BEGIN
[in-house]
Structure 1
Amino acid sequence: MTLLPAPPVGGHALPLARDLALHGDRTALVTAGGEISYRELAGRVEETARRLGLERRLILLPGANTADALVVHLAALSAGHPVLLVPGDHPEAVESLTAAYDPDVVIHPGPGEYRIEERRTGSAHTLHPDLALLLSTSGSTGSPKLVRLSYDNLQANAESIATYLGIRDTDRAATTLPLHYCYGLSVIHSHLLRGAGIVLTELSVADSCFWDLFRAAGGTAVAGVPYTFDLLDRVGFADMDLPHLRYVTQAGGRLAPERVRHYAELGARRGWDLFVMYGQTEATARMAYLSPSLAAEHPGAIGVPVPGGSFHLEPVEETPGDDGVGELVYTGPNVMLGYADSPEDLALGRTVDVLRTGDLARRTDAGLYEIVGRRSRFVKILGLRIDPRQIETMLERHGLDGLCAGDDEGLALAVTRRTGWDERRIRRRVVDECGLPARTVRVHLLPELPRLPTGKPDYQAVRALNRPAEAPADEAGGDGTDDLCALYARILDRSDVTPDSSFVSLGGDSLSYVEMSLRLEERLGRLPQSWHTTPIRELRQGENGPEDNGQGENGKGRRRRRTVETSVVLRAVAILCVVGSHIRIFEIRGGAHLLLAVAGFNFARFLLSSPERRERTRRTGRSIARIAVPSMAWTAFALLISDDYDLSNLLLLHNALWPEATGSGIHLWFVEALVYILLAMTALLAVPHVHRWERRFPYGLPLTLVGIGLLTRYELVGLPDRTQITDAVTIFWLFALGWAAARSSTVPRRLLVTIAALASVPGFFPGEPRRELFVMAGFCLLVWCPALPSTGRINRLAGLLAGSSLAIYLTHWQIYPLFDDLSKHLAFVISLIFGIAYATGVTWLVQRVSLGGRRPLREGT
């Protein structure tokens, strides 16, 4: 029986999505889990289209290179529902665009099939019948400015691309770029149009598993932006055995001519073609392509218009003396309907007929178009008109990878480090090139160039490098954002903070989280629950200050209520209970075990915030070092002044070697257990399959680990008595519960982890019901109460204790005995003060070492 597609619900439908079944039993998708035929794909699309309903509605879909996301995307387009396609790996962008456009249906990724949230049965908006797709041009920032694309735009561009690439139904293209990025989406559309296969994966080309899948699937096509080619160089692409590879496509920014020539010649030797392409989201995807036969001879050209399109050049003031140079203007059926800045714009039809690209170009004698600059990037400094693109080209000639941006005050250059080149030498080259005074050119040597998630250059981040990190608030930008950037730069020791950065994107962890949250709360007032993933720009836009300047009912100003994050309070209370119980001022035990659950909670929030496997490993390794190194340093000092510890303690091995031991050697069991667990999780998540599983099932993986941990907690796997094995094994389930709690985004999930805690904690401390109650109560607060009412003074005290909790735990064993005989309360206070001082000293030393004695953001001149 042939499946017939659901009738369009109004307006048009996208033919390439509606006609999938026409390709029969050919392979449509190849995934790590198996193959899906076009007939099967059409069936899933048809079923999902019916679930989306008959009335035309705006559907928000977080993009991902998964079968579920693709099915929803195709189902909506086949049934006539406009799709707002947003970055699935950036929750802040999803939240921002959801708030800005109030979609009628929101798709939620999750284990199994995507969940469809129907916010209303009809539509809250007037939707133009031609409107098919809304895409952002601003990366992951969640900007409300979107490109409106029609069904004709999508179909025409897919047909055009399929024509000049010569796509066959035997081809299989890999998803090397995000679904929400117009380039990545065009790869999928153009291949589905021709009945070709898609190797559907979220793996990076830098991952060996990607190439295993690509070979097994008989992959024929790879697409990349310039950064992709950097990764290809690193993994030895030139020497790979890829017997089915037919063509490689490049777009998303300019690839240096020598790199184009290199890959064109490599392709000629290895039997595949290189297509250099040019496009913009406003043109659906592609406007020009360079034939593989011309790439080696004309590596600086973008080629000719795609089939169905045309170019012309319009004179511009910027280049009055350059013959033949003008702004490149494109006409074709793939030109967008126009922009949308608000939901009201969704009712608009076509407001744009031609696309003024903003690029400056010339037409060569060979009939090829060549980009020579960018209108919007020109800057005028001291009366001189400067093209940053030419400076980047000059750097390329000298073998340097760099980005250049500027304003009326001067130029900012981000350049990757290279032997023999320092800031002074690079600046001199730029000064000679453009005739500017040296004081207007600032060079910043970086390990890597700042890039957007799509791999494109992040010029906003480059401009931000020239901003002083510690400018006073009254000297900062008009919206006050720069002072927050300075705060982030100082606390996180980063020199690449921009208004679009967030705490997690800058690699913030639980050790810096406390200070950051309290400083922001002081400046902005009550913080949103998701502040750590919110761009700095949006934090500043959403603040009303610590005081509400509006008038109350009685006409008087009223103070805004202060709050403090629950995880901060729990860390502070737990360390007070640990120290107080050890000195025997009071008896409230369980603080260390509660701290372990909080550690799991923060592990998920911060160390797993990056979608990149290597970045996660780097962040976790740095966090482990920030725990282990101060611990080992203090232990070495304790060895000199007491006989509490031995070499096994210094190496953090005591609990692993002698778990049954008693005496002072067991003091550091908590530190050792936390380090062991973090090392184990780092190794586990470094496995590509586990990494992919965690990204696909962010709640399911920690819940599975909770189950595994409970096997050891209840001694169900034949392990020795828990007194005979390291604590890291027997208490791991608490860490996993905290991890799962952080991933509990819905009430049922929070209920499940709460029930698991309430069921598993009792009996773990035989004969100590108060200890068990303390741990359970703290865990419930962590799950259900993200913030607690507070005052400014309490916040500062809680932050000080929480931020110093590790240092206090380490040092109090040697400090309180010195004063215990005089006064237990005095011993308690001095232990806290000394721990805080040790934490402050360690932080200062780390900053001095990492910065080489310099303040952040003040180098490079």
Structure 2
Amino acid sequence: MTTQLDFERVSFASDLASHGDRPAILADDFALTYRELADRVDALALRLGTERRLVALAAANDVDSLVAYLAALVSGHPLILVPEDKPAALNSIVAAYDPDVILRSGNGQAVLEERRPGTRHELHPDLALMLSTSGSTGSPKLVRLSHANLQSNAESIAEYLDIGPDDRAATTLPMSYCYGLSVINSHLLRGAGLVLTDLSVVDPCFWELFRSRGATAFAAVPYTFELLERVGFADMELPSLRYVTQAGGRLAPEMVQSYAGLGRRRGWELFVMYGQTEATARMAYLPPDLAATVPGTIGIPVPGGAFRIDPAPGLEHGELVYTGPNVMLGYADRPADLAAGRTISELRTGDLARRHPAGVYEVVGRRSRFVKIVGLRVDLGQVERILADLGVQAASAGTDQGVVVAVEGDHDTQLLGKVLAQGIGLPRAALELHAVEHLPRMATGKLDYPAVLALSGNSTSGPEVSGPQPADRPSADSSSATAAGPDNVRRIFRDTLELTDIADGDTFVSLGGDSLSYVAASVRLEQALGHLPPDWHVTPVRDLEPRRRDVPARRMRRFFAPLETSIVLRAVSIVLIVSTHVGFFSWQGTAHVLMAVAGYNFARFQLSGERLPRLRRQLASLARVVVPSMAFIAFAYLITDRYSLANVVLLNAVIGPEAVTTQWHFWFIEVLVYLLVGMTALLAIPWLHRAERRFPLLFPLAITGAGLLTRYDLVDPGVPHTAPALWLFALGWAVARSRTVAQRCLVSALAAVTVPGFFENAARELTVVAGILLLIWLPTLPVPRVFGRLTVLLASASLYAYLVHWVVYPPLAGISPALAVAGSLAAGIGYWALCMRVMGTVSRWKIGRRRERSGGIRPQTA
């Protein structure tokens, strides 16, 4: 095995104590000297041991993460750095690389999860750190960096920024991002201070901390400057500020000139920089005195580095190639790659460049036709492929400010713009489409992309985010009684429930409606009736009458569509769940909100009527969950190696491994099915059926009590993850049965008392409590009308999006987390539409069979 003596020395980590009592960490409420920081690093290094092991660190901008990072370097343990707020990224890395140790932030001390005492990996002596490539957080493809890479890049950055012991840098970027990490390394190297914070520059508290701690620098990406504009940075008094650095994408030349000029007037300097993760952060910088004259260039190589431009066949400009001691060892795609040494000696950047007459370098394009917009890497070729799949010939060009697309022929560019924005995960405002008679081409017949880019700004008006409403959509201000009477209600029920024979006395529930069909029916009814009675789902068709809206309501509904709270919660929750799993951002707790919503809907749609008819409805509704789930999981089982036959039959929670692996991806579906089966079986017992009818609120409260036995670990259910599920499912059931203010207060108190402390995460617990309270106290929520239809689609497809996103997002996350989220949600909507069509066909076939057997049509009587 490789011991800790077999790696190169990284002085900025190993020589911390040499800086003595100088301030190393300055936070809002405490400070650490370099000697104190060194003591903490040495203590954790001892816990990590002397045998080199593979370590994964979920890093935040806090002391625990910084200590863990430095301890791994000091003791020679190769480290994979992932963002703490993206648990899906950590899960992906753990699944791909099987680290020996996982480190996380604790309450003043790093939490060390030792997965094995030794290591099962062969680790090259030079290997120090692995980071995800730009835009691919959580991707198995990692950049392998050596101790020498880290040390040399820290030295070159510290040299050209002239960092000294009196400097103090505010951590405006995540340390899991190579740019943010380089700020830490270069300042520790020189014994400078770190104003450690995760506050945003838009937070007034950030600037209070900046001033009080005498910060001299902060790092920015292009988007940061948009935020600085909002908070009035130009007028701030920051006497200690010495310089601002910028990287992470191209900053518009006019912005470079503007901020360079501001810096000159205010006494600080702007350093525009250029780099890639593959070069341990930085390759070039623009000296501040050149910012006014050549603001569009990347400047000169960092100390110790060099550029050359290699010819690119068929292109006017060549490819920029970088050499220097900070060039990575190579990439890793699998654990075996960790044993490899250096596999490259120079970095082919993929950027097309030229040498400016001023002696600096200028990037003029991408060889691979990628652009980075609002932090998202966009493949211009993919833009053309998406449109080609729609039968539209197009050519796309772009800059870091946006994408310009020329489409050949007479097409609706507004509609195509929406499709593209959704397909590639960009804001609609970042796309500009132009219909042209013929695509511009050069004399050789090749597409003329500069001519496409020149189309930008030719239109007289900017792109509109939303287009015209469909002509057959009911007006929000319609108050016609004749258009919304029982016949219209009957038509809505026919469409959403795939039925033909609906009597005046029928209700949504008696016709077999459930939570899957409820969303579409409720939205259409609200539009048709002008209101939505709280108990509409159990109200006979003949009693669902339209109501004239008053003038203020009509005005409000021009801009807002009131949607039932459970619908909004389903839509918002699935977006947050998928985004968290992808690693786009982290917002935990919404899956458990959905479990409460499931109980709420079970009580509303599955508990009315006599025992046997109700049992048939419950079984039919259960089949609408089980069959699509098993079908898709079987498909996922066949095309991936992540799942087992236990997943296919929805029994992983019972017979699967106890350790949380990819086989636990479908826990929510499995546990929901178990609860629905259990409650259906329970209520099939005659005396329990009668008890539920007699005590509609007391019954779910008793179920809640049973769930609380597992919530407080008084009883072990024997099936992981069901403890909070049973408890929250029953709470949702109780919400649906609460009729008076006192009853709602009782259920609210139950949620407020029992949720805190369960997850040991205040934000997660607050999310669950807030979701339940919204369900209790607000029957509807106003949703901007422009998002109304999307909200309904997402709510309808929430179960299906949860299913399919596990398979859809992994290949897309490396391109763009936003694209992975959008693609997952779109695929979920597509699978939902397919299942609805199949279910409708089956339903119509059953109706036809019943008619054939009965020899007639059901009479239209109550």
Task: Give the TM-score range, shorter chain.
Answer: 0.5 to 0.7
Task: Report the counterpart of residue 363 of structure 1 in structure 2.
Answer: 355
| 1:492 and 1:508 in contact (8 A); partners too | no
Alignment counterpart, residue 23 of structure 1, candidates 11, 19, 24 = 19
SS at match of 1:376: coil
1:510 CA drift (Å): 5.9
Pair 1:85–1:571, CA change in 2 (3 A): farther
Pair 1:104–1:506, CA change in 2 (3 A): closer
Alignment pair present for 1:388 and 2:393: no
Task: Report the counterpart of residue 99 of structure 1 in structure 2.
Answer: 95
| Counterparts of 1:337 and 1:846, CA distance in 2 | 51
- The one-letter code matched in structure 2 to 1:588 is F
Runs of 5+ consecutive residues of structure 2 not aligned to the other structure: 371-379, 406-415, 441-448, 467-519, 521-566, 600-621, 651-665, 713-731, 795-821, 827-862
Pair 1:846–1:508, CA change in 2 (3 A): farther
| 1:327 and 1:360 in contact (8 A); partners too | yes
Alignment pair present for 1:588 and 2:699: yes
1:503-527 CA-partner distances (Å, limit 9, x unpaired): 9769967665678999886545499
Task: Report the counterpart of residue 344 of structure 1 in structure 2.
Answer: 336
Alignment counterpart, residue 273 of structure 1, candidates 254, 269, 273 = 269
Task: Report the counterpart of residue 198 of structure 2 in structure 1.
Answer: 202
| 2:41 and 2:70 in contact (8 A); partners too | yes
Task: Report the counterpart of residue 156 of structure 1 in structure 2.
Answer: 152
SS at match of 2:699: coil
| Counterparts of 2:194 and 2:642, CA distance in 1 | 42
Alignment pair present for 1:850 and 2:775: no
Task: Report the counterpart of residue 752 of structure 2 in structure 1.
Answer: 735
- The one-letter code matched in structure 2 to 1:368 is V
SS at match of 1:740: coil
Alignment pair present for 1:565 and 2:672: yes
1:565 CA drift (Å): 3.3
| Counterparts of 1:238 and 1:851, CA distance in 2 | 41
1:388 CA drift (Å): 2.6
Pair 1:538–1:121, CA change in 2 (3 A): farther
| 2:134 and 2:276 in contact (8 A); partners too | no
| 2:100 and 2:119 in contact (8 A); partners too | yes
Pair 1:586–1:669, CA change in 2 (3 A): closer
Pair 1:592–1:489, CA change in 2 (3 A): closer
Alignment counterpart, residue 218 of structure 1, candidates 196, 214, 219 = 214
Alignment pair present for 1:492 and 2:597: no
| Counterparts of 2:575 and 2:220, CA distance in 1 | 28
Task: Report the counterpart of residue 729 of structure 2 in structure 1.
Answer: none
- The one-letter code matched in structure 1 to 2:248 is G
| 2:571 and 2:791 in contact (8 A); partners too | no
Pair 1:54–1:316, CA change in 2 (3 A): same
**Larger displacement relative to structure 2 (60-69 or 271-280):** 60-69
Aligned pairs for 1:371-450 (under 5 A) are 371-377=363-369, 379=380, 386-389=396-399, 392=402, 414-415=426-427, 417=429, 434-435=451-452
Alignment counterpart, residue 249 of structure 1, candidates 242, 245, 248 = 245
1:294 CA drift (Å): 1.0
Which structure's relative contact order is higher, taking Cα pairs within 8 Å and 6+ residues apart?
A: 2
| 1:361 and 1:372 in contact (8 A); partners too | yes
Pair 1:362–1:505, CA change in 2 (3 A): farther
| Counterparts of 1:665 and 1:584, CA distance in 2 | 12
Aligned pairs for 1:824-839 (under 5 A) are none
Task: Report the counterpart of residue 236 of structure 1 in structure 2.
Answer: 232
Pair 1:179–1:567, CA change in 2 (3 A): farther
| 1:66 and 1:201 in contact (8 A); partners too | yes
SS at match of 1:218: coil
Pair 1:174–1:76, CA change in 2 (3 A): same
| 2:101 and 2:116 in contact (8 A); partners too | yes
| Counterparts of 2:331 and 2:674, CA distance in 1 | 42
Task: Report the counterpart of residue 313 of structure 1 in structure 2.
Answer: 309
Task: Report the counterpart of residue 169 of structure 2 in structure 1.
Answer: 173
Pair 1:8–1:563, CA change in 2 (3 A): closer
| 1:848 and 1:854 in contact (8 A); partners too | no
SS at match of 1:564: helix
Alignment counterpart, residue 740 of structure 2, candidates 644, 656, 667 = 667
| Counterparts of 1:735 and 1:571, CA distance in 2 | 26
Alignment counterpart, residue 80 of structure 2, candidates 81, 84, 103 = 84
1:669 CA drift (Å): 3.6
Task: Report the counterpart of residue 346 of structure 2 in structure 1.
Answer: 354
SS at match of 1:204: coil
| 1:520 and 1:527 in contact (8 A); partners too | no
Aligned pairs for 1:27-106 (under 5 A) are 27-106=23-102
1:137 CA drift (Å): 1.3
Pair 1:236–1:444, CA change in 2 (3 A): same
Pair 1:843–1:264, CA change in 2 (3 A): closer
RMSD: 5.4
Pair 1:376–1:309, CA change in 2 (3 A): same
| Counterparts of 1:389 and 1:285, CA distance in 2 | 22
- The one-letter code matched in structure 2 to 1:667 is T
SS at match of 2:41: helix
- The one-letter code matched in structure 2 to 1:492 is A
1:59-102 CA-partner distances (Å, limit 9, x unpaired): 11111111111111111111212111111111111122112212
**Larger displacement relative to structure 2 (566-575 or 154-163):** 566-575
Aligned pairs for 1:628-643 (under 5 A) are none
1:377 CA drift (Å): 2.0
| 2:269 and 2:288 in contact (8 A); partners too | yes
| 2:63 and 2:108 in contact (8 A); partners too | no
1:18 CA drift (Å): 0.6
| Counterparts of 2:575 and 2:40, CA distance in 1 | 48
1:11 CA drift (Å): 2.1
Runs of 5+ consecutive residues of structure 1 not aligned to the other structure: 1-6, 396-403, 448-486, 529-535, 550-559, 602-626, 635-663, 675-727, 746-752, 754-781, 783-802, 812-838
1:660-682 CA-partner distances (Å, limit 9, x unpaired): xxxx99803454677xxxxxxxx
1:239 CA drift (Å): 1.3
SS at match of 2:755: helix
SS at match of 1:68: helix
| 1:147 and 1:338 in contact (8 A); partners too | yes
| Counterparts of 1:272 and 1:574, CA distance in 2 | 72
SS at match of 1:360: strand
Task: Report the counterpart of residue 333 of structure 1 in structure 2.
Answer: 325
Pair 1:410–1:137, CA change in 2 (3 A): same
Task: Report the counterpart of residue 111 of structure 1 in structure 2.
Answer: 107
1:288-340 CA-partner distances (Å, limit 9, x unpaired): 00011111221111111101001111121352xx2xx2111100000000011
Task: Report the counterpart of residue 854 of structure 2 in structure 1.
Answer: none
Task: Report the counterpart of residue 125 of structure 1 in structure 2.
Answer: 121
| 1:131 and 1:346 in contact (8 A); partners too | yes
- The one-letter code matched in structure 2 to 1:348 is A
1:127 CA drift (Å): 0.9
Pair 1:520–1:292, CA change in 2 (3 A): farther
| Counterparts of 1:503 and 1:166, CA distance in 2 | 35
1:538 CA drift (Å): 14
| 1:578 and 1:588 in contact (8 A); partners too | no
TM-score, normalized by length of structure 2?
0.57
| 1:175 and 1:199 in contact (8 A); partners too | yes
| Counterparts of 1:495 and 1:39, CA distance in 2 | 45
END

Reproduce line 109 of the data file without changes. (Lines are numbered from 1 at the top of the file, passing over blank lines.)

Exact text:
1:18 CA drift (Å): 0.6